The situation in the US is based on a rather bizarre interpretation of the constitution set by the supreme court, actually not so long ago, starting from around 1920. The Fourth Amendment of the constitution is the one about "no unreasonable searches and seizures", and requiring "probable cause". But it doesn't specify what the penalty should be if those rights are violated. In much of the rest of the world, the equivalent violation (eg, of police or some other person obtaining evidence illegally) opens the offender for prosecution but whatever evidence is obtained can still be used. That was the case in the USA before the early 20th century. But several court cases in the 20's and 30's established the "fruit of the poisonous tree" doctrine, in which evidence which was obtained illegally is not admissible in court. This has resulted in many farcical court cases where the facts of the case are well established, but can't be presented in court because the evidence was obtained illegally (in some cases, due to some technical omission). It also results in lots of arguments where opposing lawyers have a big bun fight, and make lots of money, arguing at length over whether a particular fact is allowed to be presented to the court or not.

It has also resulted in the attitude that cops who break the law are already "punished" by being unable to present the evidence in court (and often therefore unable to convict a criminal), and that this is sufficient punishment for the cop. Whereas in other jurisdictions the cop would lose their job, or end up in jail themselves, in the US they typically don't. This is an encouragement towards corrupt behavior.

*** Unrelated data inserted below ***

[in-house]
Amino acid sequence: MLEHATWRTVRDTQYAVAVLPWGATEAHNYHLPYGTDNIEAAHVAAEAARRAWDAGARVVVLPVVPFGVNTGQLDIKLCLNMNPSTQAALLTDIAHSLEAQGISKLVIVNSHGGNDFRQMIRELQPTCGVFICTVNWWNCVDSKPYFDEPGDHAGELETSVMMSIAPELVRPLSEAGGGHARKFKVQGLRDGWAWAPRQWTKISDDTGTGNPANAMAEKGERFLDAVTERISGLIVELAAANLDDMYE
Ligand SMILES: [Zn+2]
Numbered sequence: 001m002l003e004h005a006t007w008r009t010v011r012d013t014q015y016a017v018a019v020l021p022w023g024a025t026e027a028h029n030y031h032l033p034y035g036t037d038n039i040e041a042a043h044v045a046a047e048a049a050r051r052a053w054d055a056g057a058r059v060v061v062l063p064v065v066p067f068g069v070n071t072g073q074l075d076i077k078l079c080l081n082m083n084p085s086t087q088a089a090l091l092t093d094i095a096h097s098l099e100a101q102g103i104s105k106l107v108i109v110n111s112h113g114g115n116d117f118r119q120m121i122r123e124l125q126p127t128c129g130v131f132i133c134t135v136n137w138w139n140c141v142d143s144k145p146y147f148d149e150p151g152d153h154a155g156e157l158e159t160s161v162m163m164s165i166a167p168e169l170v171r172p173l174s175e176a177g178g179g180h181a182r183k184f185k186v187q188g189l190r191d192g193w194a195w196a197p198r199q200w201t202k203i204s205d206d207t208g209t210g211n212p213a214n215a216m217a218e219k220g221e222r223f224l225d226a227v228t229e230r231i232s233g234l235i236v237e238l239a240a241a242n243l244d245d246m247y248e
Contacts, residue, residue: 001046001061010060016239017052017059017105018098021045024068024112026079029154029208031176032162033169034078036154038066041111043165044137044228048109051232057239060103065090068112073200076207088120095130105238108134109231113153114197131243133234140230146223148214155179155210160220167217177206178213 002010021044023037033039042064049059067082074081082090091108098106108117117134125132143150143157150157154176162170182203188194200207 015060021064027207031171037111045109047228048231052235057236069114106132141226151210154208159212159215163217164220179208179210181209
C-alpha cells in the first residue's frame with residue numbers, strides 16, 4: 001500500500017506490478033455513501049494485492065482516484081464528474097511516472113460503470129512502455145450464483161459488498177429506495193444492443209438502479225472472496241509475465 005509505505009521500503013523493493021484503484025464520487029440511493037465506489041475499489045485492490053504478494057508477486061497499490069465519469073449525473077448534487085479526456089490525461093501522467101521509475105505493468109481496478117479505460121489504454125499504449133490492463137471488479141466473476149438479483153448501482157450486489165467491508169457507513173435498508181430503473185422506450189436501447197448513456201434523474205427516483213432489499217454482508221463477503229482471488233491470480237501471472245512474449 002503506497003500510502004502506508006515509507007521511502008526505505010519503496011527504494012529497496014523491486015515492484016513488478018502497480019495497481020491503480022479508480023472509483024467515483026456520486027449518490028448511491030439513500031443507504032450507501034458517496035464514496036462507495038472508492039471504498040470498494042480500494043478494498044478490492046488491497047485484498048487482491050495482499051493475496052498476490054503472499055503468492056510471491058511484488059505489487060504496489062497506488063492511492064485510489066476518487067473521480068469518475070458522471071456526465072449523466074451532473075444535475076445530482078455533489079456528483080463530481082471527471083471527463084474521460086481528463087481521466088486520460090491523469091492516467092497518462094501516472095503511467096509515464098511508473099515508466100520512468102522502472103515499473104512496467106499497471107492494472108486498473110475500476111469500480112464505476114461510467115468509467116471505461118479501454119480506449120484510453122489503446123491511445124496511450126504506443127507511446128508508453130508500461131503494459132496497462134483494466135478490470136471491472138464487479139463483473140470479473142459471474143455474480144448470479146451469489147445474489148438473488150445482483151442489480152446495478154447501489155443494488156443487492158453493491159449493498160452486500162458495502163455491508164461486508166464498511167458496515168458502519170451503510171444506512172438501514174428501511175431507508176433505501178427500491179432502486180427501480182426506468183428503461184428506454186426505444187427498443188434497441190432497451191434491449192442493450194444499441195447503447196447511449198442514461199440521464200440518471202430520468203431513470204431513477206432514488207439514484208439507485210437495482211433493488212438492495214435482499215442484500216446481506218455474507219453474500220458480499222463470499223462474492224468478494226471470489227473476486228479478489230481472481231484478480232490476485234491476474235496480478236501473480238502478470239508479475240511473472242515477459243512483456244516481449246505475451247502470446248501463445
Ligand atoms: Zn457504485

Comment Re:False dichotomy (Score 1) 616

Even an assembler will link in those libraries that you're talking about.

Assembler has a main() function? That must be new, didn't have one back when I used to do a bit of assembly. In the old days, the loader simply used to jump to a specific address in the executable and then you were on your own.

Even an assembler will link in those libraries that you're talking about. Objective C clearly has a runtime that is deeply involved with the application, and imposes a runtime model that C doesn't have, and that C++ doesn't have unless you use RTTI.

Your point is? The runtime can be a substantial piece of code (eg a VM) or it can be simple (eg in C), or it can be entirely non-existent (nothing more than a loader, as in old-style machine code). So what?

But you still have to have a runtime to handle dynamic method dispatch, especially if you use reflection, making the Java and ObjC runtime requirements about equivalent. (They both have, in their present incarnations, garbage collection, for example.)

Again, so what? You could use a garbage collector with C++, for example (eg the popular Boehm collector). And you can implement your own dynamic method dispatch in C++, if you wanted to go to the trouble. Dynamic dispatch (with a bounded set of types) is way different to a full-blown VM. But they are still part of the runtime environment. I don't understand the point of your post, you seem to be saying basically the same thing I said, but you've written it in a way that makes it look like you disagree. Exactly what do you disagree with?

Comment Re:False dichotomy (Score 1) 616

all languages have a runtime environment, but it isn't necessarily a virtual machine!

The runtime environment for C++ is often fairly simple, it handles the operating system program entry point and passing arguments to the main() function, as well as initializing parts of the standard library.